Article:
It’s standard practice these days for any employer to run a background check on any candidate they are thinking of hiring. Effectively vetting a candidate is often a process of peeling back layers of obscurity, and a background check reveals important information you won’t get anywhere else. We’ve collected some strategies to help you conduct the process as accurately, legally, and rapidly as possible.
It’s debatable whether a candidate’s personal financial history says something about their professional qualifications. Either way, many companies choose to run a credit report before extending a job offer. This is perfectly legal as long as certain regulations are followed. The employer must first get the candidate’s written consent, and if the report reveals information that keeps you from hiring or promoting someone, you must supply a copy of the report and inform the candidate that they can contest the decision. More detailed information is available from the Federal Trade Commission.
Every state has different laws outlining the extent to which employers can consider criminal history in hiring decisions. For that reason, it’s best to consult with a lawyer before making this a feature of your recruitment process. Consult the FBI Resources for Businesses for more information.
Lie Detector Tests
In almost all cases, private employers are prohibited from administering polygraph tests as part of a pre-employment screening process. Exceptions are available, most relevantly to companies that manufacture and distribute pharmaceuticals, but a lawyer should be consulted before pursuing this course of action. Written honesty tests are not explicitly prohibited, but they often conflict with privacy and anti-discrimination laws.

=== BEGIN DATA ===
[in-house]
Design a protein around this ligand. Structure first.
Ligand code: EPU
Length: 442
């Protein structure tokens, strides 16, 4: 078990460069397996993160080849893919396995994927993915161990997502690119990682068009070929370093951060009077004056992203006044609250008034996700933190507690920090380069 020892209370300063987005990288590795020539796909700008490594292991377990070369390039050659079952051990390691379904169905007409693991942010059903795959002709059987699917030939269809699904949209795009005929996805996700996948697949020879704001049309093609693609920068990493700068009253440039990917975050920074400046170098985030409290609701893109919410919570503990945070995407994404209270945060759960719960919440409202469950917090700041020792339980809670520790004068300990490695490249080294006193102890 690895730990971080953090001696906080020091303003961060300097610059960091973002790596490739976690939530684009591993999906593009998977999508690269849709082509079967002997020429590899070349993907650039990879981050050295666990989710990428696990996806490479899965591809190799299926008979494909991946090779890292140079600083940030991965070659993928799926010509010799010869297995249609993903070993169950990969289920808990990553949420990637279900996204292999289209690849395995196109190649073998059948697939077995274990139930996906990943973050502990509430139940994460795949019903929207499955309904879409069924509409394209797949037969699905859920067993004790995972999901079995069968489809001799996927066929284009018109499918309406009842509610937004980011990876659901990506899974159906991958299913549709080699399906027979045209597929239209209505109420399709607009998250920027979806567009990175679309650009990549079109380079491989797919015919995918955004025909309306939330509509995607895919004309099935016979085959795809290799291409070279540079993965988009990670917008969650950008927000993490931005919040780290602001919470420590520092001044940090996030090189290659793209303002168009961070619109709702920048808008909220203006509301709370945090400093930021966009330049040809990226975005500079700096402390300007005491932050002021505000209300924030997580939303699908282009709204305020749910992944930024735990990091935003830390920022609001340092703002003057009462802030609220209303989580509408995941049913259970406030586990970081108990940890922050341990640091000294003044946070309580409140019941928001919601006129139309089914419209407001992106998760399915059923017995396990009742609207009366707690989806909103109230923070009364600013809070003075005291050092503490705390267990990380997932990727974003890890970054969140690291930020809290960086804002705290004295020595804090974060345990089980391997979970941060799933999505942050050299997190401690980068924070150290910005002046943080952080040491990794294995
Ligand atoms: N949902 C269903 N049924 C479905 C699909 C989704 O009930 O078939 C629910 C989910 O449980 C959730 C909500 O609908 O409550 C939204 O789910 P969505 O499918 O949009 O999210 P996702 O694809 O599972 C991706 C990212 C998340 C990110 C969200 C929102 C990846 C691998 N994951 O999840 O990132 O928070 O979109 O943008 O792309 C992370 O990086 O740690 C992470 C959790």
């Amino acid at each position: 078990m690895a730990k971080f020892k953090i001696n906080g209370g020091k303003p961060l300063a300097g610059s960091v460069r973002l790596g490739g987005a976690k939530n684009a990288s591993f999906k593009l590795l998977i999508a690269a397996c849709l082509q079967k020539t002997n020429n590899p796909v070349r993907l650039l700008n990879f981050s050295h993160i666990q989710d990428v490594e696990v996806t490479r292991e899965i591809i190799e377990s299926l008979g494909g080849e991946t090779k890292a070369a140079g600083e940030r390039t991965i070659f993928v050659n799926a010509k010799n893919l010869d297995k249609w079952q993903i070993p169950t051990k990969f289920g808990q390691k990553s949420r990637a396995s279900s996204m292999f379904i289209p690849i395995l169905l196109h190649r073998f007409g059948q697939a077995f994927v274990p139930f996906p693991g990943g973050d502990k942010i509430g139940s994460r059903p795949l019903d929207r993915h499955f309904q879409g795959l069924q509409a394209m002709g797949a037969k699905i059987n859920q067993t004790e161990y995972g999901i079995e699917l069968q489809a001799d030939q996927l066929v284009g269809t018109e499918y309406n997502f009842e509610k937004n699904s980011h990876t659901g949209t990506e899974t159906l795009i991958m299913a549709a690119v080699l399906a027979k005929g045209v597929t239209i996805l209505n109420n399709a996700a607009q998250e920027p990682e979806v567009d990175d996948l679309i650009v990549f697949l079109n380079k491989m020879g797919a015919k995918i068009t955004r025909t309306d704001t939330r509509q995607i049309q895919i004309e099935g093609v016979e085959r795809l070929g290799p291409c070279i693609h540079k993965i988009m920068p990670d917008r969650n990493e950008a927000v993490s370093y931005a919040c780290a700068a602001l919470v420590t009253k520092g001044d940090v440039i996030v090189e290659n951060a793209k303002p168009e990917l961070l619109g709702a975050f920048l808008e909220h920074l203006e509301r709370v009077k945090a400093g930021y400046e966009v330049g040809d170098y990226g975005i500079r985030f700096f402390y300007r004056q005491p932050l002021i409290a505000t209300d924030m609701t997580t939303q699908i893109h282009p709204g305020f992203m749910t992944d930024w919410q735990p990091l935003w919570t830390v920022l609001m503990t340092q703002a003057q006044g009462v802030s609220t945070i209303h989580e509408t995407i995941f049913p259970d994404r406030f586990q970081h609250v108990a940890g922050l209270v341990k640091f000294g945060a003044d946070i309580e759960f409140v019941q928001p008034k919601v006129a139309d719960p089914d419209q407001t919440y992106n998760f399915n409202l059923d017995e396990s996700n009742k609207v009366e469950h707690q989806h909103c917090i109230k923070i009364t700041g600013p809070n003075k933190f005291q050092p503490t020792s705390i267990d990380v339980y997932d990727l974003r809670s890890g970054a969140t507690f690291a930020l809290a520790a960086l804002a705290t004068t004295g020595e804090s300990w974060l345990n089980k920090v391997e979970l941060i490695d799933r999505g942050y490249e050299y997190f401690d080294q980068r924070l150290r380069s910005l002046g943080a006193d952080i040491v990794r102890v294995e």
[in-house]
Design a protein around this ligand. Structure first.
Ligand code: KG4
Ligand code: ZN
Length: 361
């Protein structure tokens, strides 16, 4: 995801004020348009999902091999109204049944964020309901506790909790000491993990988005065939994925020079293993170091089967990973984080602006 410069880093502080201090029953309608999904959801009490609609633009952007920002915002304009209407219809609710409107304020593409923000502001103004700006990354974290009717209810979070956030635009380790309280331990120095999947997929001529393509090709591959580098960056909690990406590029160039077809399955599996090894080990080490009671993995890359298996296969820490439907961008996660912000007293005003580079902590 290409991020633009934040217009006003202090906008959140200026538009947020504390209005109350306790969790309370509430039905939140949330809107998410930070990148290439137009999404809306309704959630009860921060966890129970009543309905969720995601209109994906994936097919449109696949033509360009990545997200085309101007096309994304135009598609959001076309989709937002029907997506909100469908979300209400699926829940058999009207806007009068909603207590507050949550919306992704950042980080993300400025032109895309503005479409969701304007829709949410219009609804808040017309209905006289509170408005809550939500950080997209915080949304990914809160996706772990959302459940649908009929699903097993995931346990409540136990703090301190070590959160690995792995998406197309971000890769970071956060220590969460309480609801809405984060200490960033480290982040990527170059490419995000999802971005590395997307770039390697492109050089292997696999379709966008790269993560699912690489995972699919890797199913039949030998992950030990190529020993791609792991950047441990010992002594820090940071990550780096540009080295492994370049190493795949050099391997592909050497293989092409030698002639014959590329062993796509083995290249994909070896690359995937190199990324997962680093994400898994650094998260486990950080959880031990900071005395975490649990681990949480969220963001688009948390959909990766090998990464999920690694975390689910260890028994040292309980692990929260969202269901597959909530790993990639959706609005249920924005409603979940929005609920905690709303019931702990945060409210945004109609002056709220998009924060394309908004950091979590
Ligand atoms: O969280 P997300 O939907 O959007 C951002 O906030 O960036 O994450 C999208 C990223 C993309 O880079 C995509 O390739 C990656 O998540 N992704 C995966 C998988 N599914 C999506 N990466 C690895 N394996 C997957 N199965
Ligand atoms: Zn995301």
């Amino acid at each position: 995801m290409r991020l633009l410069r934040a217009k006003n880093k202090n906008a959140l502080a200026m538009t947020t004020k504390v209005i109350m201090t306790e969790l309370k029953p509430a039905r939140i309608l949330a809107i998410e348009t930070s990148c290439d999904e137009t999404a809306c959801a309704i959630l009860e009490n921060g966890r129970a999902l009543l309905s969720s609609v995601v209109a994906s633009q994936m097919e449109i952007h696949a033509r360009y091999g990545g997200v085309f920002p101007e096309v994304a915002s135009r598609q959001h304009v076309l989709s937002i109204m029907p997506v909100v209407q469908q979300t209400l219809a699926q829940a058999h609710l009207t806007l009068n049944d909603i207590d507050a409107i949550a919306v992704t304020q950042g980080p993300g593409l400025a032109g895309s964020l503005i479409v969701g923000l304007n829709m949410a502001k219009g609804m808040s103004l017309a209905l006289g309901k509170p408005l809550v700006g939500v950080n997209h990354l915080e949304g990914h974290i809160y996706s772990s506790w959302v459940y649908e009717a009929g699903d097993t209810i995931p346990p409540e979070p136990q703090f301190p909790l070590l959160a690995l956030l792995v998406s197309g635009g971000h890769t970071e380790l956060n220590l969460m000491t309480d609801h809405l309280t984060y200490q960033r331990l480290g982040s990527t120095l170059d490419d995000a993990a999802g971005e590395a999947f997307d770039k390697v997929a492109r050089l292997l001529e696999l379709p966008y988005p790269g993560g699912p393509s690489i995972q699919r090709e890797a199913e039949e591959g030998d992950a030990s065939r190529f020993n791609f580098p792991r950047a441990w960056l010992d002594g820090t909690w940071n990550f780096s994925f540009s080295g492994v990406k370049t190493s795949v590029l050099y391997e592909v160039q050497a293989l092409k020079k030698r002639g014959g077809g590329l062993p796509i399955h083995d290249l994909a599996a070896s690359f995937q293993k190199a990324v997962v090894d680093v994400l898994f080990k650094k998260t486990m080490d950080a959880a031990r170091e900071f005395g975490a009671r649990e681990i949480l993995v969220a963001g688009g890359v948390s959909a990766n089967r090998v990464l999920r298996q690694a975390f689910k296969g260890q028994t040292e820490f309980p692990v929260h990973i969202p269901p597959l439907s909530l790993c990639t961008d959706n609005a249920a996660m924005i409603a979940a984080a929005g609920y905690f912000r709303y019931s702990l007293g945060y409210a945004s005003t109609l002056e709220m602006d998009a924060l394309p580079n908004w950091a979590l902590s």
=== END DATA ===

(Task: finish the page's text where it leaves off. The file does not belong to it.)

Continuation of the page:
Employers are expressly prohibited from making hiring decisions based on medical conditions. They can, however, inquire about a candidate’s ability to perform specific physical functions required for the job.
Bankruptcies are a matter of public record and usually show up on a credit report. Employers are not prohibited from investigating the matter, but they can’t use the information to inform their hiring decision.
The consent of the applicant is typically required if military service records are going to be released, and even then they may be subject to limitations and restrictions.
Schools at all levels are restricted from releasing transcripts and other records without the student/graduate’s consent. Employers are welcome to request this information as part of the hiring process though.
If there is one takeaway, it’s that you need to do your research, but do it carefully. If you don’t stay strictly within the boundaries of the law your company could be vulnerable to lawsuits and penalties. If you would rather let a staffing partner deal with the hassles of employee background checks, contact the technical staffing team at JH Technical Services